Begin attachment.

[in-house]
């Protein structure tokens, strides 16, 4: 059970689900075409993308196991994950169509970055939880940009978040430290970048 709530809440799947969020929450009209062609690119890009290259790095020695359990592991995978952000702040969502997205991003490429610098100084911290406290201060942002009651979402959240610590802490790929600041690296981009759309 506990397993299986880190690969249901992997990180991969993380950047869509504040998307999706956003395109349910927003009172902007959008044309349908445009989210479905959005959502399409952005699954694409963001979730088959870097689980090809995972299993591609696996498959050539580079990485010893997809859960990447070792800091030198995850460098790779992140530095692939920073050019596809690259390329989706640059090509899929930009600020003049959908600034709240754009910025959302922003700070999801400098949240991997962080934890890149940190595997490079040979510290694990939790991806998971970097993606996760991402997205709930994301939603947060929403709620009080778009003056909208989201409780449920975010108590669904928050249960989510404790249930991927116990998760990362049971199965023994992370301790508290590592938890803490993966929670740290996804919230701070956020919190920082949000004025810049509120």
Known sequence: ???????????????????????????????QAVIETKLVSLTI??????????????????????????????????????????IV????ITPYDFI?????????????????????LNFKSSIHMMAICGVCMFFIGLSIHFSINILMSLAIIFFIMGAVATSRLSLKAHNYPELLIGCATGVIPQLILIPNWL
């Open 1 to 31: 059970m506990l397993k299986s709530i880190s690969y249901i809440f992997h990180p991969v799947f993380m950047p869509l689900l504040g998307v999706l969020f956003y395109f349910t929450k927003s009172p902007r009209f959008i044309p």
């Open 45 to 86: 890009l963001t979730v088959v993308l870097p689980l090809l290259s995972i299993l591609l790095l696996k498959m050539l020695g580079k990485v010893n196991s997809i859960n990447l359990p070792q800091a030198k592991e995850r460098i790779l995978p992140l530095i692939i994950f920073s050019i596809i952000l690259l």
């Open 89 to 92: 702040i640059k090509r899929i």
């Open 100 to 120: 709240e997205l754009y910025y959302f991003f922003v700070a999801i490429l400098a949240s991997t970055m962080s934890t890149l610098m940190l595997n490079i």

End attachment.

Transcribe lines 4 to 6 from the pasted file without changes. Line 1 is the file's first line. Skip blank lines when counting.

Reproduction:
């Open 1 to 31: 059970m506990l397993k299986s709530i880190s690969y249901i809440f992997h990180p991969v799947f993380m950047p869509l689900l504040g998307v999706l969020f956003y395109f349910t929450k927003s009172p902007r009209f959008i044309p």
């Open 45 to 86: 890009l963001t979730v088959v993308l870097p689980l090809l290259s995972i299993l591609l790095l696996k498959m050539l020695g580079k990485v010893n196991s997809i859960n990447l359990p070792q800091a030198k592991e995850r460098i790779l995978p992140l530095i692939i994950f920073s050019i596809i952000l690259l």
């Open 89 to 92: 702040i640059k090509r899929i």